Great Debates in History: The Bentsen-Quayle Vice Presidential Debate, October 1988

by Erik Fogel | Nov 9, 2017 9:00:00 AM |

great debates

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Whether a vice-presidential debate falls into the category of one of the great debates in history is, of course, debatable. These in-between debates have rarely served any other purpose than to introduce the heir apparent to the office. Also, it helps the electorate judge whether the candidate is of potential presidential caliber if the incumbent has to leave office early.  Nevertheless, the Bentsen-Quayle vice-presidential debate is memorable because of a breathtaking putdown that probably won the debate for Bentsen. View Debate - https://www.youtube.com/watch?v=99-v2Farbjs

No two candidates for the office presented a more dramatic contrast than Senators Lloyd Bentsen and Dan Quayle. Bentsen was the quintessential courtly senator who seemed to look down his patrician nose at his young, brash, and plain-spoken Midwestern foe, Dan Quayle.

The establishment’s view of Quayle as unqualified and untested quickly surfaced in moderator Judy Woodruff’s opening question:

“…Just last week former Secretary of State Haig said that your pick was the dumbest call George Bush could have made. Your leader in the Senate...Bob Dole said that a better-qualified person could have been chosen.”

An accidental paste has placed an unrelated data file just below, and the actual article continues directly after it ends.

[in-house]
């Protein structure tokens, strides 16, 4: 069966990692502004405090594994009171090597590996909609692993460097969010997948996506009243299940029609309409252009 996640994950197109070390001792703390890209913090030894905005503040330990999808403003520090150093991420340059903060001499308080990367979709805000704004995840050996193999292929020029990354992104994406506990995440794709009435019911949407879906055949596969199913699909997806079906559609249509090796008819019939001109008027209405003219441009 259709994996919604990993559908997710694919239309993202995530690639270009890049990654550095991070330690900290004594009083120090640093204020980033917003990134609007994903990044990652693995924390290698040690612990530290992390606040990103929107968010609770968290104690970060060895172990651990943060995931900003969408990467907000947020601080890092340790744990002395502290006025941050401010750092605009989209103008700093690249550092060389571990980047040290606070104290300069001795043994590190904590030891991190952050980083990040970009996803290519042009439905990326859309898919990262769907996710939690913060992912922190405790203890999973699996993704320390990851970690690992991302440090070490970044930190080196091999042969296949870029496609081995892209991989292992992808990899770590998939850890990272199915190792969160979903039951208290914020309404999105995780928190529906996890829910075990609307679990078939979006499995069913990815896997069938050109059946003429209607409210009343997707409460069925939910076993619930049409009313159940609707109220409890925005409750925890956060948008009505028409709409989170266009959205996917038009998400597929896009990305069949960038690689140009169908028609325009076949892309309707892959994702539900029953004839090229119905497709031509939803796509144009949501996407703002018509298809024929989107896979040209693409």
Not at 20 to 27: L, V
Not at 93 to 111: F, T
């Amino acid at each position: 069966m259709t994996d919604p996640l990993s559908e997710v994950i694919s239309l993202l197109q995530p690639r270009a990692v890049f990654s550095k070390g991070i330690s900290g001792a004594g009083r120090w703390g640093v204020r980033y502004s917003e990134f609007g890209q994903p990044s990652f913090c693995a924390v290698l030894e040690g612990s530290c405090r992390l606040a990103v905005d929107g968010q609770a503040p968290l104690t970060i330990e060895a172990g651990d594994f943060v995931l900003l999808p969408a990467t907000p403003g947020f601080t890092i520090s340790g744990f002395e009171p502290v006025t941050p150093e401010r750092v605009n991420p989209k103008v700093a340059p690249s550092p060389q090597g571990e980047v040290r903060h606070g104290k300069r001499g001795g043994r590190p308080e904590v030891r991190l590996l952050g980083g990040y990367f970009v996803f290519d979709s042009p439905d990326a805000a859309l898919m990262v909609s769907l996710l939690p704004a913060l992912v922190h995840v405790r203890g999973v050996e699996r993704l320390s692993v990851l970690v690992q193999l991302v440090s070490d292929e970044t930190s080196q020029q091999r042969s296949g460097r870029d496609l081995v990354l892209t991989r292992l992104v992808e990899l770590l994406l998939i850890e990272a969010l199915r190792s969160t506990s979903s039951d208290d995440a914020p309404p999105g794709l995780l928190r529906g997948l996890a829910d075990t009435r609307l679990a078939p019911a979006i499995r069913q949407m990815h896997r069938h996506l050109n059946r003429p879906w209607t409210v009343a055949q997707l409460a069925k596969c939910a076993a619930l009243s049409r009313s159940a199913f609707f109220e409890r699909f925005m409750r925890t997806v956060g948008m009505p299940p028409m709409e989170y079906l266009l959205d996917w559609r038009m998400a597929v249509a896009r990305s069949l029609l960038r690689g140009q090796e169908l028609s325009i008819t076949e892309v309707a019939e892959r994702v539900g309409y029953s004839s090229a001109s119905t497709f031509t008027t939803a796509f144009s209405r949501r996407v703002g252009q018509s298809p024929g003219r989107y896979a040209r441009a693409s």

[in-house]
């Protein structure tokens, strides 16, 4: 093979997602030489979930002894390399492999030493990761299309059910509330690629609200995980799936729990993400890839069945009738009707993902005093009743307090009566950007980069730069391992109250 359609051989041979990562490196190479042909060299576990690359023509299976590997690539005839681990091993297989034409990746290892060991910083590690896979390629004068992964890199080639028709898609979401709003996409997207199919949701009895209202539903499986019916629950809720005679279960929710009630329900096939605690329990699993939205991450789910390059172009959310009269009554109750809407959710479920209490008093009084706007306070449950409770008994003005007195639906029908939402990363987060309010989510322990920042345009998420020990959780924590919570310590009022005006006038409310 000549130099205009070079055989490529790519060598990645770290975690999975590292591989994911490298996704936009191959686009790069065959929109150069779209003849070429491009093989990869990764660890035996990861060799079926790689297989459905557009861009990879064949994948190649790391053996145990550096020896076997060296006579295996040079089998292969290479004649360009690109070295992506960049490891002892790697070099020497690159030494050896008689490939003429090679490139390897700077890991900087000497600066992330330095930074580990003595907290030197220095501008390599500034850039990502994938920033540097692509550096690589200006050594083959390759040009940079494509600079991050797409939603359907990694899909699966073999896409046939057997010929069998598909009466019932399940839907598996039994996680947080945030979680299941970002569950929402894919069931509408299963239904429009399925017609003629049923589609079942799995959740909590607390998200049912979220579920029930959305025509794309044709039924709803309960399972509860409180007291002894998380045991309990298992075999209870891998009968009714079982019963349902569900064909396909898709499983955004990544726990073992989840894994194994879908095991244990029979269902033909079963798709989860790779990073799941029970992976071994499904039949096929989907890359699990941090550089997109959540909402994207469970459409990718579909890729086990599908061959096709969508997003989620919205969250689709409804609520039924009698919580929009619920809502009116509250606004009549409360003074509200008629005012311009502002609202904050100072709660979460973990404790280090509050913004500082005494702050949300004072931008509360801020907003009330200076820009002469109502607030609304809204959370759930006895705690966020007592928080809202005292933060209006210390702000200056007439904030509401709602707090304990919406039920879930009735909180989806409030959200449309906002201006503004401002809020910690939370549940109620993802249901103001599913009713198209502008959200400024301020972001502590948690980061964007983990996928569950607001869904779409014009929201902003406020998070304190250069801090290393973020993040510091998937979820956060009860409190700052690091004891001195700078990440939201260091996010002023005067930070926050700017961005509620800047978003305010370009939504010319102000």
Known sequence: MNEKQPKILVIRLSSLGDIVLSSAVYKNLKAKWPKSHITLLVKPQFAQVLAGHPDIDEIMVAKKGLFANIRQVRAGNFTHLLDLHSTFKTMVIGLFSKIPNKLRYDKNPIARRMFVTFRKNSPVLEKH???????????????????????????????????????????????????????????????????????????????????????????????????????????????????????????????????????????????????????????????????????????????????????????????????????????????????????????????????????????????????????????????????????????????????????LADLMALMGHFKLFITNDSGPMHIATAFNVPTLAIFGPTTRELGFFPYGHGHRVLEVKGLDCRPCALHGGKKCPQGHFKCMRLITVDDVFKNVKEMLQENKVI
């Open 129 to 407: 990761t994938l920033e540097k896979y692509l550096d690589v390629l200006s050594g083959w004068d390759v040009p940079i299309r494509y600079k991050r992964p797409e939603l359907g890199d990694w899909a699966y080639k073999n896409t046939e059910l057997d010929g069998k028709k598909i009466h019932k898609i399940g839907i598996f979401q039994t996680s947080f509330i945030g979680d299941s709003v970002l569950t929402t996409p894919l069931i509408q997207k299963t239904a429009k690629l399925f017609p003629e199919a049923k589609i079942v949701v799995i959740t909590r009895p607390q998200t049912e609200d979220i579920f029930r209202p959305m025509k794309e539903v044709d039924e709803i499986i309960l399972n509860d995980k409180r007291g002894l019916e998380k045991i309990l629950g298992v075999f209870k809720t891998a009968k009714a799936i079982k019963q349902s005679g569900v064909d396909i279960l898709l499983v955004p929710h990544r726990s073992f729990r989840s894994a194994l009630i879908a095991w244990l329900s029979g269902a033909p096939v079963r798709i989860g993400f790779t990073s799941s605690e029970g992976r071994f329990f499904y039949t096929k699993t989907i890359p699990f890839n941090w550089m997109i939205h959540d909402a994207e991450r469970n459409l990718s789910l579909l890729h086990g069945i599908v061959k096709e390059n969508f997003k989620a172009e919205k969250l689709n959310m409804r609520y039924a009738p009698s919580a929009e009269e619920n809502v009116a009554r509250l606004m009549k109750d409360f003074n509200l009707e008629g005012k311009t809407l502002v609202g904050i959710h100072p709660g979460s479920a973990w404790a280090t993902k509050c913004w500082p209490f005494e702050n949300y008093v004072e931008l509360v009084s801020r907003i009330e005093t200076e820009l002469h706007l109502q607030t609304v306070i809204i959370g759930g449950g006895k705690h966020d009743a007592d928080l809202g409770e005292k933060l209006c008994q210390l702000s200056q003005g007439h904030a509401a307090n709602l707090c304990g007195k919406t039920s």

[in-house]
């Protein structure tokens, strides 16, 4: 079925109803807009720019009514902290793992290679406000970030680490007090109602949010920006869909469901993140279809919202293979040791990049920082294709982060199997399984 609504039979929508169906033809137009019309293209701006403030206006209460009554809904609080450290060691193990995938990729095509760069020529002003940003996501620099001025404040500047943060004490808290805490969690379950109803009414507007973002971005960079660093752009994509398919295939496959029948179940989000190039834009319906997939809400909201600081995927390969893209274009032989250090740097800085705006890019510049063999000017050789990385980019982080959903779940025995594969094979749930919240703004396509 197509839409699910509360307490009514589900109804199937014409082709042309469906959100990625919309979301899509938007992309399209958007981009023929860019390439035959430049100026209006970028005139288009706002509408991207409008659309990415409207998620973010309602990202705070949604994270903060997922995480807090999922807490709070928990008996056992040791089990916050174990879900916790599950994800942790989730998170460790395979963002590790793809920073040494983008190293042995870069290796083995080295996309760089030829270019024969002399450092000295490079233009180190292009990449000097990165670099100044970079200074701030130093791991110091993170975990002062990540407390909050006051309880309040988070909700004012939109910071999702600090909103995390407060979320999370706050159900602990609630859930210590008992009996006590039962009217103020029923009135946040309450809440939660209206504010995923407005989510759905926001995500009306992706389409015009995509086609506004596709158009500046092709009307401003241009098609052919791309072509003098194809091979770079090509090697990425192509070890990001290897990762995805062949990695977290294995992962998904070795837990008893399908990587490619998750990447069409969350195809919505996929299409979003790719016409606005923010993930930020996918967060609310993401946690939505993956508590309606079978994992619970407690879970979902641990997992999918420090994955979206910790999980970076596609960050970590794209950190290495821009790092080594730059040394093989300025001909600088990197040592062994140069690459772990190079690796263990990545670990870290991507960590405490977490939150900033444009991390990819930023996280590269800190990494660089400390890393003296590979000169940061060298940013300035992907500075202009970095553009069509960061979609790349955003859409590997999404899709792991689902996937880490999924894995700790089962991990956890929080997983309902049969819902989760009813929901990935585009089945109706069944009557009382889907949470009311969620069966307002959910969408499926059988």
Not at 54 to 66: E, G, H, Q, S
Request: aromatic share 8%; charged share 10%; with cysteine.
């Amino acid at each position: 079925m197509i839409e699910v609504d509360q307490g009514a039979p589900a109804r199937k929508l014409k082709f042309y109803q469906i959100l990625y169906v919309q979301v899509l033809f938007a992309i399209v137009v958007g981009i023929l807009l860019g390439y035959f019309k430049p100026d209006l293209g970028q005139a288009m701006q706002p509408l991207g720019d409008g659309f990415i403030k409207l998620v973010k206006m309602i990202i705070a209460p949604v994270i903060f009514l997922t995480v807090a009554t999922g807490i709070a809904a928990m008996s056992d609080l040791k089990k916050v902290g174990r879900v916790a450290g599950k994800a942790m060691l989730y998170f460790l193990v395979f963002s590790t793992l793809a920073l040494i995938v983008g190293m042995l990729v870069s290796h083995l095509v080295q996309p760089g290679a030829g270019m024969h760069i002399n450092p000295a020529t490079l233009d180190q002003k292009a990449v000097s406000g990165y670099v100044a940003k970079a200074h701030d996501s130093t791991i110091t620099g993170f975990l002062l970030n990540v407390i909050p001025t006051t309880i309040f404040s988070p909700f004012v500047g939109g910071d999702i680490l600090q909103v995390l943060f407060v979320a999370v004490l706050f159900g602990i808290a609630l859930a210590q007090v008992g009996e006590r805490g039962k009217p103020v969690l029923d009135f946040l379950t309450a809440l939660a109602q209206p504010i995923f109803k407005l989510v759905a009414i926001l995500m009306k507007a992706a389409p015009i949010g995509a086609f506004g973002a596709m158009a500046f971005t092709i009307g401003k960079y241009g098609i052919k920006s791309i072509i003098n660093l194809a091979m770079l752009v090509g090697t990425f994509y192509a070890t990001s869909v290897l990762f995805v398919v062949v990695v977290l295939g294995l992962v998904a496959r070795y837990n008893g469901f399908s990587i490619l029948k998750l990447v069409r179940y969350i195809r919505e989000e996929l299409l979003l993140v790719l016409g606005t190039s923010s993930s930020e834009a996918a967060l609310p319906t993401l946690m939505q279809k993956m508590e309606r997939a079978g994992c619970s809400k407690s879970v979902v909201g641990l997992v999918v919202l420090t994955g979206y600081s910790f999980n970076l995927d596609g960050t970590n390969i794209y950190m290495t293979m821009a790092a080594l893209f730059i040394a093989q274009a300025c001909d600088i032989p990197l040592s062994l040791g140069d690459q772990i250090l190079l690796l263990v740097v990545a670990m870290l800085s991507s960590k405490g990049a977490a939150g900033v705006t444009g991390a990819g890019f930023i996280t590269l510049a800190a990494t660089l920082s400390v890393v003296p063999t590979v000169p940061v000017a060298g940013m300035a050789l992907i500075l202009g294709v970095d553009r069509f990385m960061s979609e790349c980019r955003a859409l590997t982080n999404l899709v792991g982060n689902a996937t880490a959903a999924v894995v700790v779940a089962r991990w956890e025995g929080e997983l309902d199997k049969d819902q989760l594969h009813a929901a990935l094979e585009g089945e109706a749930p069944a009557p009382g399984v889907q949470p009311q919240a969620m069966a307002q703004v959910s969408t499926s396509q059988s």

Quayle, obviously prepared for this question highlighted his accomplishments and experience:

“I have more experience than others that have sought the office…I wrote the Job Training Partnership Act…I have worked eight years on the Senate Budget Committee…”

Then in a deft display of changing the focus, Quayle achieved an applause line when he quipped, “And if qualifications alone are going to be the issue in this campaign, George Bush has more qualifications than Michael Dukakis and Lloyd Bentsen combined.”

In response to continual questioning about his qualifications from the panel, Quayle appeared to overplay his hand and made the statement that prompted a stinging retort from Bentsen, which elicited prolonged applause:

Quayle:  I have as much experience in the Congress as Jack Kennedy did when he sought the presidency…

Bentsen: Senator, I served with Jack Kennedy, I knew Jack Kennedy, Jack Kennedy was a friend of mine. Senator, you are no Jack Kennedy. 

Quayle: That was really uncalled for, Senator.

Bentsen: You are the one that was making the comparison, Senator - and I'm one who knew him well. And, frankly, I think you are so far apart in the objectives you choose for your country that I did not think the comparison was well-taken.

So, Bentsen was not only able to get in a personal dig, but also articulated his reasons for his belief that Quayle was inappropriately comparing himself to a Democrat icon. Even so, the top of the Democratic ticket, Mike Dukakis was unable to shake off Republican charges that he was a tax-and-spend liberal, who was also soft on crime.

Bentsen’s performance notwithstanding, the American electorate crossed their fingers and elected George H.W. Bush in hopes that Dan Quayle, who turned in a deer-in-the-headlights debate performance, would not be called to duty.

So, the foregoing example is how one deft debate retort can be remembered longer than the debate itself. If there is a lesson here for young debaters it is this: avoid inappropriate bragging. It opens the door to ridicule disguised as an honest retort.

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